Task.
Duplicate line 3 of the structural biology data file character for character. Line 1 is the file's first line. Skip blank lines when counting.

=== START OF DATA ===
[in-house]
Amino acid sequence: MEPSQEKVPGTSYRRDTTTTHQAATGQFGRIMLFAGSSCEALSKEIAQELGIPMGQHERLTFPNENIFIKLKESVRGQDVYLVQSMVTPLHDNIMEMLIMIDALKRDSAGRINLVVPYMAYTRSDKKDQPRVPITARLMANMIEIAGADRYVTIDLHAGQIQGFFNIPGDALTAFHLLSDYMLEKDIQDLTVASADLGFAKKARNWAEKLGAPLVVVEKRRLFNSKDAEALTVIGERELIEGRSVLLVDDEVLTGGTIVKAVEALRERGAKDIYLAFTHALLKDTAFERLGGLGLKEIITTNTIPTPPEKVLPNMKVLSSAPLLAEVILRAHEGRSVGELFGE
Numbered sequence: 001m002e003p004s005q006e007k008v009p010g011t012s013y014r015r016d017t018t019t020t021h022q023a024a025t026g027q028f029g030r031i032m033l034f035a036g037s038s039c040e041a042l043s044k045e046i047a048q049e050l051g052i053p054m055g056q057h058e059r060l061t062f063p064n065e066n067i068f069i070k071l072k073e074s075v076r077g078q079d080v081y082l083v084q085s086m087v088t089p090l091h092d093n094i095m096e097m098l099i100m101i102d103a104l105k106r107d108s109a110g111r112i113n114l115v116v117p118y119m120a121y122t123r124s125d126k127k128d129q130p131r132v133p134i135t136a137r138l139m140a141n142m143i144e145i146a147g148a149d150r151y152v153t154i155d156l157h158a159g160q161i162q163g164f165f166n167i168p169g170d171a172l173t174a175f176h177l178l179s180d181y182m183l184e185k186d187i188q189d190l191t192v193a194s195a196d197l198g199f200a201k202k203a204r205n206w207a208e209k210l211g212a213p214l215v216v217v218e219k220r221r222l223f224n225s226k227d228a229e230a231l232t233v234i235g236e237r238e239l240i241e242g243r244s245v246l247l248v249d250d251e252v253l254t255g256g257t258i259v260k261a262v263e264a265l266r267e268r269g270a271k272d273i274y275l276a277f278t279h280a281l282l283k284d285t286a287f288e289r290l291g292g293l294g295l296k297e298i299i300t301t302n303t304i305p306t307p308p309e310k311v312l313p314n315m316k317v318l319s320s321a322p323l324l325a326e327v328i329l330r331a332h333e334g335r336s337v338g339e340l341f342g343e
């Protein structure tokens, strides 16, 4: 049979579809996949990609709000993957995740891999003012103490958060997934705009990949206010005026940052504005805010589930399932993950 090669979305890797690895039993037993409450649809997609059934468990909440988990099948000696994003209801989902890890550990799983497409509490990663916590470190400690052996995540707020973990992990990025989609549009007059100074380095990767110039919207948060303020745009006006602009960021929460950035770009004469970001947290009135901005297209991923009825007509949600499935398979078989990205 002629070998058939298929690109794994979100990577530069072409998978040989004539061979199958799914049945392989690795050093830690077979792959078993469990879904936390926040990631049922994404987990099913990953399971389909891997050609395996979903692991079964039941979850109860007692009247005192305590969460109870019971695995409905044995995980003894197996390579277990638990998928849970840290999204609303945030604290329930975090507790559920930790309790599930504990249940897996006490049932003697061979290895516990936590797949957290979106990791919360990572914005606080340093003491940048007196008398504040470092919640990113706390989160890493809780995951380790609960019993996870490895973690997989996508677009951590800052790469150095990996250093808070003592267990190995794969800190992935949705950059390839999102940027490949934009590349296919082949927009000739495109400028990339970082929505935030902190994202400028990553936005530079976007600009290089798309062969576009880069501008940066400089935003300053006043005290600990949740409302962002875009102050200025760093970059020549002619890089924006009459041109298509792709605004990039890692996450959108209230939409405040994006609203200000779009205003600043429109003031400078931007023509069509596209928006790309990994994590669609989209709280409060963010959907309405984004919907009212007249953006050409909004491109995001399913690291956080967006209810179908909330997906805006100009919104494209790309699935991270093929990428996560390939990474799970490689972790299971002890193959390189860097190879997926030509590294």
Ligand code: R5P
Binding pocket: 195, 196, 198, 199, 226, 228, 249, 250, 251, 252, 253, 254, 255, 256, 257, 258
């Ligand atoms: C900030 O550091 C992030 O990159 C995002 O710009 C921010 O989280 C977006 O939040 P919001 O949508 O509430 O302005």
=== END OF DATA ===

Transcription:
Numbered sequence: 001m002e003p004s005q006e007k008v009p010g011t012s013y014r015r016d017t018t019t020t021h022q023a024a025t026g027q028f029g030r031i032m033l034f035a036g037s038s039c040e041a042l043s044k045e046i047a048q049e050l051g052i053p054m055g056q057h058e059r060l061t062f063p064n065e066n067i068f069i070k071l072k073e074s075v076r077g078q079d080v081y082l083v084q085s086m087v088t089p090l091h092d093n094i095m096e097m098l099i100m101i102d103a104l105k106r107d108s109a110g111r112i113n114l115v116v117p118y119m120a121y122t123r124s125d126k127k128d129q130p131r132v133p134i135t136a137r138l139m140a141n142m143i144e145i146a147g148a149d150r151y152v153t154i155d156l157h158a159g160q161i162q163g164f165f166n167i168p169g170d171a172l173t174a175f176h177l178l179s180d181y182m183l184e185k186d187i188q189d190l191t192v193a194s195a196d197l198g199f200a201k202k203a204r205n206w207a208e209k210l211g212a213p214l215v216v217v218e219k220r221r222l223f224n225s226k227d228a229e230a231l232t233v234i235g236e237r238e239l240i241e242g243r244s245v246l247l248v249d250d251e252v253l254t255g256g257t258i259v260k261a262v263e264a265l266r267e268r269g270a271k272d273i274y275l276a277f278t279h280a281l282l283k284d285t286a287f288e289r290l291g292g293l294g295l296k297e298i299i300t301t302n303t304i305p306t307p308p309e310k311v312l313p314n315m316k317v318l319s320s321a322p323l324l325a326e327v328i329l330r331a332h333e334g335r336s337v338g339e340l341f342g343e